Keiko Kinjo: Umui
Umui is Keiko Kinjo’s debut album. There are so many good women singers in Okinawa that it’s easy to overlook the fact that Kinjo has already been making music for more than four decades. Born in Uruma, she began learning sanshin and minyo from her mentor Shizuko Oshiro when she was 19. She also developed a reputation for a strongly individual singing style which has been called both sensual and seductive. Now at the age of 65 – by Okinawan standards still a comparative youngster – she is about to release this first solo album.
The song ‘Umui’ was written for Kinjo by Matsuo Kawada and the original recording became a big hit back in 1971. It’s a favourite song of hers and this new recording was almost inevitably chosen as the album’s title track. Some of Kinjo’s other early hits were previously included on the Victor compilation Okinawan Hits and Standards and she also recorded a joint album Doushibi fairly recently with Yuki Yamazato and Katsuko Yohen. However, this is her first entirely solo album and the first time that she has played sanshin on every song.
The album’s 16 tracks are a mixture of minyo and some well-known shimauta by Okinawan songwriters. Among the traditional songs there are both wistful tales of longing and some livelier dance songs. Kinjo’s sanshin provides the main backdrop to her vocals and she also plays shimadaiko (island drums). There is some koto (played by her sister Kumiko Agena) and she is joined on a few tracks by two veteran male singers, Seishin Taba and Seibun Tokuhara as well as young singer Yoko Ishikawa. Generally though, the album has a sparse and uncomplicated sound.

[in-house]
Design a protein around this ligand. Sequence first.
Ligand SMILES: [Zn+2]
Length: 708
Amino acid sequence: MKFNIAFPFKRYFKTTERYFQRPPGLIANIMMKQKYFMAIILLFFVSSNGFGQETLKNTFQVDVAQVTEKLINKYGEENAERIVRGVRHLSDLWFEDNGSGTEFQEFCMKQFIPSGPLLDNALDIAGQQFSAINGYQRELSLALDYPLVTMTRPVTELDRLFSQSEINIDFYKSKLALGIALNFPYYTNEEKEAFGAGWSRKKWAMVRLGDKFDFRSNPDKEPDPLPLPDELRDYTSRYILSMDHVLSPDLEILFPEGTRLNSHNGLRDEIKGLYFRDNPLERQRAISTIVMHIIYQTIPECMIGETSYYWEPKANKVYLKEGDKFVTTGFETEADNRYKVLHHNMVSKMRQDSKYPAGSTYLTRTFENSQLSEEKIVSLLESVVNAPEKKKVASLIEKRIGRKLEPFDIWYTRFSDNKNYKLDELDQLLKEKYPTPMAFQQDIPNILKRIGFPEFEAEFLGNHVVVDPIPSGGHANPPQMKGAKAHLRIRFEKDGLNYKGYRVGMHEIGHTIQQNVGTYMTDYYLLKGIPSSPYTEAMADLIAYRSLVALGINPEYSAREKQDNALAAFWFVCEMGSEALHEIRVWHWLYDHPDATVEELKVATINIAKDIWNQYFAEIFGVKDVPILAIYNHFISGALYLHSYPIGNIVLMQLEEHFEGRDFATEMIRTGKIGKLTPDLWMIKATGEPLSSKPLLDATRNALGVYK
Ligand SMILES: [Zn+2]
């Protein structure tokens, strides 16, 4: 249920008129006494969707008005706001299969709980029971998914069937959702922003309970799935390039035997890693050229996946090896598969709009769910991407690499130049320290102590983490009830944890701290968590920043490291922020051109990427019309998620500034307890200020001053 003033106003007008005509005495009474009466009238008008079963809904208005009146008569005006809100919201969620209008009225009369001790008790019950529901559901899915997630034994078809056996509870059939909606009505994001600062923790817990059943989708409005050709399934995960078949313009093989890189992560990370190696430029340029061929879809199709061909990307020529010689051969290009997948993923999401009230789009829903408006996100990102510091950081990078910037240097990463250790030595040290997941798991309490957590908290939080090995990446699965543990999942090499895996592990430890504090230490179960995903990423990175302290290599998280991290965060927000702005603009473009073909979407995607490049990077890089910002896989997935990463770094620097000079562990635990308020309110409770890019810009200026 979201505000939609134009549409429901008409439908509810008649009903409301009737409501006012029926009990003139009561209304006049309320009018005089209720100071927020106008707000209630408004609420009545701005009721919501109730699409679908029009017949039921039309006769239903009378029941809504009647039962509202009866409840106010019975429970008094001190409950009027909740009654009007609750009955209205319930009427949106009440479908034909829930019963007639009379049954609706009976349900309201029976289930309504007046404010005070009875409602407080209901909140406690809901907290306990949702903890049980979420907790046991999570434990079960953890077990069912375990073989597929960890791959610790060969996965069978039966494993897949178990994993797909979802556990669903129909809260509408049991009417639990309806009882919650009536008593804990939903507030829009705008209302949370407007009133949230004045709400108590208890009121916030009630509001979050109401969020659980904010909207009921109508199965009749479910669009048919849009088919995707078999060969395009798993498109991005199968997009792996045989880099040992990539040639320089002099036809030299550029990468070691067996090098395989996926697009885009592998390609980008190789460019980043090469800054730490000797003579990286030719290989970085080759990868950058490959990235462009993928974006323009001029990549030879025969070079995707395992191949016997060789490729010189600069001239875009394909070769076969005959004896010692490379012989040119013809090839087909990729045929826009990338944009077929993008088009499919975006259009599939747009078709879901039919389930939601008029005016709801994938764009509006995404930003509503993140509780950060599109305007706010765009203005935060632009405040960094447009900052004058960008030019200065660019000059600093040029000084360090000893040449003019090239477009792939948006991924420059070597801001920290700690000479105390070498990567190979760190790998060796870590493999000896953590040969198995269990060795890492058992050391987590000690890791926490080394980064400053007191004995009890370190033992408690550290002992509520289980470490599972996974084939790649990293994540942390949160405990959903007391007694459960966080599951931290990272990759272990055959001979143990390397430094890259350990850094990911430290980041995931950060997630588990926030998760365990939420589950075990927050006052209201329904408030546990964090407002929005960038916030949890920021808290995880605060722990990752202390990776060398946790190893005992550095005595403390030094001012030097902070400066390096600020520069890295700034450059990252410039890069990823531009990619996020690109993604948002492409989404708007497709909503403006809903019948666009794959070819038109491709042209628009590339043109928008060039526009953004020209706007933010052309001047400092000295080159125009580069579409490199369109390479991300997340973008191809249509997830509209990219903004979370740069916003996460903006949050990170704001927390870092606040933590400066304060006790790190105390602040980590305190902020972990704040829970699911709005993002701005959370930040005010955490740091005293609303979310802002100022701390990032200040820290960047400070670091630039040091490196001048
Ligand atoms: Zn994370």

At 67 minutes it’s rather a long listen and could possibly have done with a little editing but on the other hand it will no doubt please her many admirers. She is also able to show off quite a variety of different styles. There is an interestingly different version of the lively ‘Hiyamikachi Bushi’ and superb versions of the traditional ‘Shirakumu Bushi’ and ‘Sagichijuya’ as well as the excellent title track. The album ends with the standard ‘Nakuni~Kaisare’.
I met Keiko Kinjo this week for an interview to talk about her new album. The article will be published in the Japan Times newspaper at the end of this month – and eventually on the Power of Okinawa website.
Umui is released by Respect Records on 4th September. www.respect-record.co.jp